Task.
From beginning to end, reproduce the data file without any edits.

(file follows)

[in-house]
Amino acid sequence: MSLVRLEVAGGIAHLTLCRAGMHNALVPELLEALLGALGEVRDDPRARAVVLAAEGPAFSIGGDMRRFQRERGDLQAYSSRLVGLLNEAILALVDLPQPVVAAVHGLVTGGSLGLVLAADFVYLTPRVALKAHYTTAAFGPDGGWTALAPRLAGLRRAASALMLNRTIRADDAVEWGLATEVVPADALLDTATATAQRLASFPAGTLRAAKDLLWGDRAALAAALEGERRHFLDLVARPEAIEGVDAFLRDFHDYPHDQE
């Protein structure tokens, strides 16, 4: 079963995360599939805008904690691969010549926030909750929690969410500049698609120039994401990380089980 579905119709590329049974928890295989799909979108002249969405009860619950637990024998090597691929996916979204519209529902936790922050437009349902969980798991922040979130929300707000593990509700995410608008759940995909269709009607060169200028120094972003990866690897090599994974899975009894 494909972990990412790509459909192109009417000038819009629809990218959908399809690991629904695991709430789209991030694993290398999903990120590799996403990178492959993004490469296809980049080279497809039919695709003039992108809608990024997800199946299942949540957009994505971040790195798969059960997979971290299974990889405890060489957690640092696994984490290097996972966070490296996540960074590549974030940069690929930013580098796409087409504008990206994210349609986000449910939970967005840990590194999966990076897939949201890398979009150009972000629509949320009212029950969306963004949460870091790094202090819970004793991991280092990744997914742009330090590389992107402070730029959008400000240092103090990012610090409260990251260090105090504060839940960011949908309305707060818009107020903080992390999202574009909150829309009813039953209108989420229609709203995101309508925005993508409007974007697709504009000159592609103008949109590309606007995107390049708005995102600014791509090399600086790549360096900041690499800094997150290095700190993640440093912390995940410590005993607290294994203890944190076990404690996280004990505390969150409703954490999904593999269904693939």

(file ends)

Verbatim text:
[in-house]
Amino acid sequence: MSLVRLEVAGGIAHLTLCRAGMHNALVPELLEALLGALGEVRDDPRARAVVLAAEGPAFSIGGDMRRFQRERGDLQAYSSRLVGLLNEAILALVDLPQPVVAAVHGLVTGGSLGLVLAADFVYLTPRVALKAHYTTAAFGPDGGWTALAPRLAGLRRAASALMLNRTIRADDAVEWGLATEVVPADALLDTATATAQRLASFPAGTLRAAKDLLWGDRAALAAALEGERRHFLDLVARPEAIEGVDAFLRDFHDYPHDQE
């Protein structure tokens, strides 16, 4: 079963995360599939805008904690691969010549926030909750929690969410500049698609120039994401990380089980 579905119709590329049974928890295989799909979108002249969405009860619950637990024998090597691929996916979204519209529902936790922050437009349902969980798991922040979130929300707000593990509700995410608008759940995909269709009607060169200028120094972003990866690897090599994974899975009894 494909972990990412790509459909192109009417000038819009629809990218959908399809690991629904695991709430789209991030694993290398999903990120590799996403990178492959993004490469296809980049080279497809039919695709003039992108809608990024997800199946299942949540957009994505971040790195798969059960997979971290299974990889405890060489957690640092696994984490290097996972966070490296996540960074590549974030940069690929930013580098796409087409504008990206994210349609986000449910939970967005840990590194999966990076897939949201890398979009150009972000629509949320009212029950969306963004949460870091790094202090819970004793991991280092990744997914742009330090590389992107402070730029959008400000240092103090990012610090409260990251260090105090504060839940960011949908309305707060818009107020903080992390999202574009909150829309009813039953209108989420229609709203995101309508925005993508409007974007697709504009000159592609103008949109590309606007995107390049708005995102600014791509090399600086790549360096900041690499800094997150290095700190993640440093912390995940410590005993607290294994203890944190076990404690996280004990505390969150409703954490999904593999269904693939």